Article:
Although Mobile was the site of the department headquarters, Maury did not exercise immediate command of the forts at the entrance to the bay, he was not present during the battle and ensuing siege. Local command was entrusted to Brigadier General Richard L. Page; the primary contribution of the Confederate Army to the defense of Mobile Bay was the three forts. Fort Morgan was a masonry structure dating from 1834; the fort mounted 46 guns. Its garrison numbered about 600. Across the main channel from Fort Morgan on Dauphin Island was Fort Gaines, containing 26 guns, with a garrison of about 600; when Page was not present, command of the fort fell to Colonel Charles D. Anderson. At the western end of the bay was Fort Powell, smallest of the three, with 18 guns and about 140 men, it was commanded in Page's absence by Lieutenant Colonel James M. Williams. All three forts were flawed in; the raw numbers of troops available do not indicate how they would fight. The war was winding down, assertions were made that the morale of the soldiers was bad.

The judgment is hard to quantify, but it would explain at least in part the poor performance of the defenders. The Confederate

Grotte aux Fées (Switzerland)

The Grotte aux Fées in the cliffs above Saint-Maurice, Switzerland is a natural limestone solution show cave, featuring a 77-metre high underground waterfall, claimed as the world's highest waterfall in a show cave. The cave was the first show cave in Switzerland; the cave was known until the mid 19th century as the Trou aux Fayes or "Sheep Hole," as it was used as a sheepfold. The cave was known from Roman times, but was first publicized in 1863 as a tourist attraction, with the present name being used from 1865; the cave was explored in 1831. From 1863 Professor Chanoine Gard of the Abbey College of Saint-Maurice cleared passageways and conducted tours on behalf of an orphanage that he had founded. From 1865 the cave was operated by the Sisters of Saint-Maurice. In 1925 additional exploration extended the cave network from the top of the waterfall; the network includes the 504 metres tourist gallery, the 1,200-metre Galerie des Morts and the 2,184-metre Fairies' Cave section, with an elevation difference of 122 metres.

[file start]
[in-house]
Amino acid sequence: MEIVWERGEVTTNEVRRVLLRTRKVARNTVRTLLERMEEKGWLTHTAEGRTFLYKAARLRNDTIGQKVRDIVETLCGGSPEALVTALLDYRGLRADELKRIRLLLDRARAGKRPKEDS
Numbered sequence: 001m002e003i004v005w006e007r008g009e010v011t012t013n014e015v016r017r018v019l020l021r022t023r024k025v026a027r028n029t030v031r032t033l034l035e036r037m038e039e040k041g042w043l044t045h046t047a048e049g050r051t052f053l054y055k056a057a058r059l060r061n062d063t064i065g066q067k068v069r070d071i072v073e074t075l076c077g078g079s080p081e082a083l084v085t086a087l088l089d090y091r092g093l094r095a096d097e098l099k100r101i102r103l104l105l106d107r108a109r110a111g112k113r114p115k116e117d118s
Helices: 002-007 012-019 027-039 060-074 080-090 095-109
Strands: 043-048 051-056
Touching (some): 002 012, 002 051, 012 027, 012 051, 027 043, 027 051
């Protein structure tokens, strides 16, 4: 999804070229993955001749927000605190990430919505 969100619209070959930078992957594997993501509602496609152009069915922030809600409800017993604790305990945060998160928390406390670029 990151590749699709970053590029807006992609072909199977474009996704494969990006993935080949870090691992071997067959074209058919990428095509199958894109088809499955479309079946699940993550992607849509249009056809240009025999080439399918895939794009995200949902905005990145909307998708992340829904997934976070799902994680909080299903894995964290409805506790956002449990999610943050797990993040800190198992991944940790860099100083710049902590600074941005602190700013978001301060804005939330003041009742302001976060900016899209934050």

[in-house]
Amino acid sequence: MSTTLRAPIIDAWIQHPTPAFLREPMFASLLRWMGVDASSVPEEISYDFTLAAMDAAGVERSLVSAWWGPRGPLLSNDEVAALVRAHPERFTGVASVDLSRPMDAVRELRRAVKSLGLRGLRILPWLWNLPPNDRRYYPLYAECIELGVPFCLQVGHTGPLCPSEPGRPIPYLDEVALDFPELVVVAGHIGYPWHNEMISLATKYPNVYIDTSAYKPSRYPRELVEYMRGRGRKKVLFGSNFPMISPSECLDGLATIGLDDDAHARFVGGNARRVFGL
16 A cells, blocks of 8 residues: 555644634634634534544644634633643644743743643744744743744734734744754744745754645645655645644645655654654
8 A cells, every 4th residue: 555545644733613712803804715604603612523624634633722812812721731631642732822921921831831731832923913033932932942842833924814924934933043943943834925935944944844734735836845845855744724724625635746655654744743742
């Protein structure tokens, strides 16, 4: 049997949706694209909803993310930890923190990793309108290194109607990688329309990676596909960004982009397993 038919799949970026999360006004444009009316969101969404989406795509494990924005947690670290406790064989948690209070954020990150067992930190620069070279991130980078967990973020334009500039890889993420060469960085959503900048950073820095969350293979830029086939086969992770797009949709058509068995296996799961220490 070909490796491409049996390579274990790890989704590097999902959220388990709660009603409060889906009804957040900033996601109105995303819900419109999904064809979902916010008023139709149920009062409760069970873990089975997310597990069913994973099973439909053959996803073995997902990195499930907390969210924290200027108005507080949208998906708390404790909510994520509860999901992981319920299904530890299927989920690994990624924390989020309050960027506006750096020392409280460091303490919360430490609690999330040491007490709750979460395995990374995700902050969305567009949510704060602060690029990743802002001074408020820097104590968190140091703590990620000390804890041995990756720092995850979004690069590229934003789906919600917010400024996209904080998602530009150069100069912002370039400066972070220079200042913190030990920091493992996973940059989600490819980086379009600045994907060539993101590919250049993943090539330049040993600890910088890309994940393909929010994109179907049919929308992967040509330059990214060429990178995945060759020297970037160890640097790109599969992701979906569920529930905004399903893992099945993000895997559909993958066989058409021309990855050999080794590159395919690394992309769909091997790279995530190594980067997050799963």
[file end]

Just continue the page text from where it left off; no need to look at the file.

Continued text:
A 2010 exploration linked the Grotte aux Fées to the nearby Grotte de Saint-Martin No.1, totaling 3,630 metres in length and 249 metres in elevation. The guided tour follows a 500-metre trail; the waterfall is fed by water from the nearby Dents du Midi peaks. The cave was connected to Fort du Scex, which occupies the same cliff, between 1935 and 1936; the cave in turn was connected to Fort de Cindey between 1941 and 1946, forming part of the fortifications of Fortress Saint-Maurice and providing an underground connection between the two fortifications. The cave and both forts may be visited during summer months. Grotte aux Fées website Grotte aux Fées at

Cilgerran Hundred

The Hundred of Cilgerran was a hundred in the north of Pembrokeshire, Wales. It was formed by the Act of Union of 1536 from the commote of the pre-Norman cantref of Emlyn included by the Act in Pembrokeshire and is otherwise called in Welsh Emlyn Is Cuch, with the addition of the Cemais parish of Llantood; the area of the commote was about 106 km2: that of the hundred was 113 km2. It was under the control of the medieval borough of Cilgerran, it was occupied by the Normans in the 12th century, made part of the March, but remained Welsh-speaking. In addition to Cilgerran Castle, the Normans constructed at least one other castle in the commote: Castell Chrychydd in Clydau; the commote comprised the parishes of Bridell, Clydau, Capel Colman, Llanfihangel Penbedw and Penrydd, the western part of Cilrhedyn